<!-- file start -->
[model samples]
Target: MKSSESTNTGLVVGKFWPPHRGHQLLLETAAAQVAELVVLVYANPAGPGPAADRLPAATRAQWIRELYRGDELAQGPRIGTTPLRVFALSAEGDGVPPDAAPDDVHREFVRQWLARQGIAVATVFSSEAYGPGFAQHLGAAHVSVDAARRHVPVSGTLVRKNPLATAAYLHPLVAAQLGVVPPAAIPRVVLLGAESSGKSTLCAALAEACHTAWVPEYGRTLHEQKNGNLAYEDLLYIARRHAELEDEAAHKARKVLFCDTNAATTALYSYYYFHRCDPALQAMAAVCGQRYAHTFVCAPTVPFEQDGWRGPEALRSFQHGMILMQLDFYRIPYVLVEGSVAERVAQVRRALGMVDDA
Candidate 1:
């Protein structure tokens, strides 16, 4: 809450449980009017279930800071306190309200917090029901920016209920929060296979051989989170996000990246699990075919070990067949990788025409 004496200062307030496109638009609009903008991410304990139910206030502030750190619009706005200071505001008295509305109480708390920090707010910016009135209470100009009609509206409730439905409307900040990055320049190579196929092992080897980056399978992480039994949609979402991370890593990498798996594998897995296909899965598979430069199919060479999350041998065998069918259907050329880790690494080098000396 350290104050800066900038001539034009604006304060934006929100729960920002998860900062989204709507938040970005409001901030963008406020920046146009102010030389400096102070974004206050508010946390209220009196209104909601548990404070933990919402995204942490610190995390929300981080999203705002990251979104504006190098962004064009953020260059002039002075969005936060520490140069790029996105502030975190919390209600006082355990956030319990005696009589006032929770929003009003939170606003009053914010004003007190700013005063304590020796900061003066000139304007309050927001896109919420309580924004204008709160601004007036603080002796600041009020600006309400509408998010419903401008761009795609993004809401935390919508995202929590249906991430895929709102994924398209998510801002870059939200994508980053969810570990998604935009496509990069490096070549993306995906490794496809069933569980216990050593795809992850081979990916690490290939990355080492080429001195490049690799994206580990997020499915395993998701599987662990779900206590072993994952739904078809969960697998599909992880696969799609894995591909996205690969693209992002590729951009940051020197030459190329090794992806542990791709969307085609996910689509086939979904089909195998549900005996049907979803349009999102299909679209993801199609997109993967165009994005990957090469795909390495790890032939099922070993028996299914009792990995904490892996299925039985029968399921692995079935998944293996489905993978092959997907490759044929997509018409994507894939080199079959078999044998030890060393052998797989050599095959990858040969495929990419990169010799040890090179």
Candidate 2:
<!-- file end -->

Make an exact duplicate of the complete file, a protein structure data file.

[model samples]
Target: MKSSESTNTGLVVGKFWPPHRGHQLLLETAAAQVAELVVLVYANPAGPGPAADRLPAATRAQWIRELYRGDELAQGPRIGTTPLRVFALSAEGDGVPPDAAPDDVHREFVRQWLARQGIAVATVFSSEAYGPGFAQHLGAAHVSVDAARRHVPVSGTLVRKNPLATAAYLHPLVAAQLGVVPPAAIPRVVLLGAESSGKSTLCAALAEACHTAWVPEYGRTLHEQKNGNLAYEDLLYIARRHAELEDEAAHKARKVLFCDTNAATTALYSYYYFHRCDPALQAMAAVCGQRYAHTFVCAPTVPFEQDGWRGPEALRSFQHGMILMQLDFYRIPYVLVEGSVAERVAQVRRALGMVDDA
Candidate 1:
């Protein structure tokens, strides 16, 4: 809450449980009017279930800071306190309200917090029901920016209920929060296979051989989170996000990246699990075919070990067949990788025409 004496200062307030496109638009609009903008991410304990139910206030502030750190619009706005200071505001008295509305109480708390920090707010910016009135209470100009009609509206409730439905409307900040990055320049190579196929092992080897980056399978992480039994949609979402991370890593990498798996594998897995296909899965598979430069199919060479999350041998065998069918259907050329880790690494080098000396 350290104050800066900038001539034009604006304060934006929100729960920002998860900062989204709507938040970005409001901030963008406020920046146009102010030389400096102070974004206050508010946390209220009196209104909601548990404070933990919402995204942490610190995390929300981080999203705002990251979104504006190098962004064009953020260059002039002075969005936060520490140069790029996105502030975190919390209600006082355990956030319990005696009589006032929770929003009003939170606003009053914010004003007190700013005063304590020796900061003066000139304007309050927001896109919420309580924004204008709160601004007036603080002796600041009020600006309400509408998010419903401008761009795609993004809401935390919508995202929590249906991430895929709102994924398209998510801002870059939200994508980053969810570990998604935009496509990069490096070549993306995906490794496809069933569980216990050593795809992850081979990916690490290939990355080492080429001195490049690799994206580990997020499915395993998701599987662990779900206590072993994952739904078809969960697998599909992880696969799609894995591909996205690969693209992002590729951009940051020197030459190329090794992806542990791709969307085609996910689509086939979904089909195998549900005996049907979803349009999102299909679209993801199609997109993967165009994005990957090469795909390495790890032939099922070993028996299914009792990995904490892996299925039985029968399921692995079935998944293996489905993978092959997907490759044929997509018409994507894939080199079959078999044998030890060393052998797989050599095959990858040969495929990419990169010799040890090179």
Candidate 2: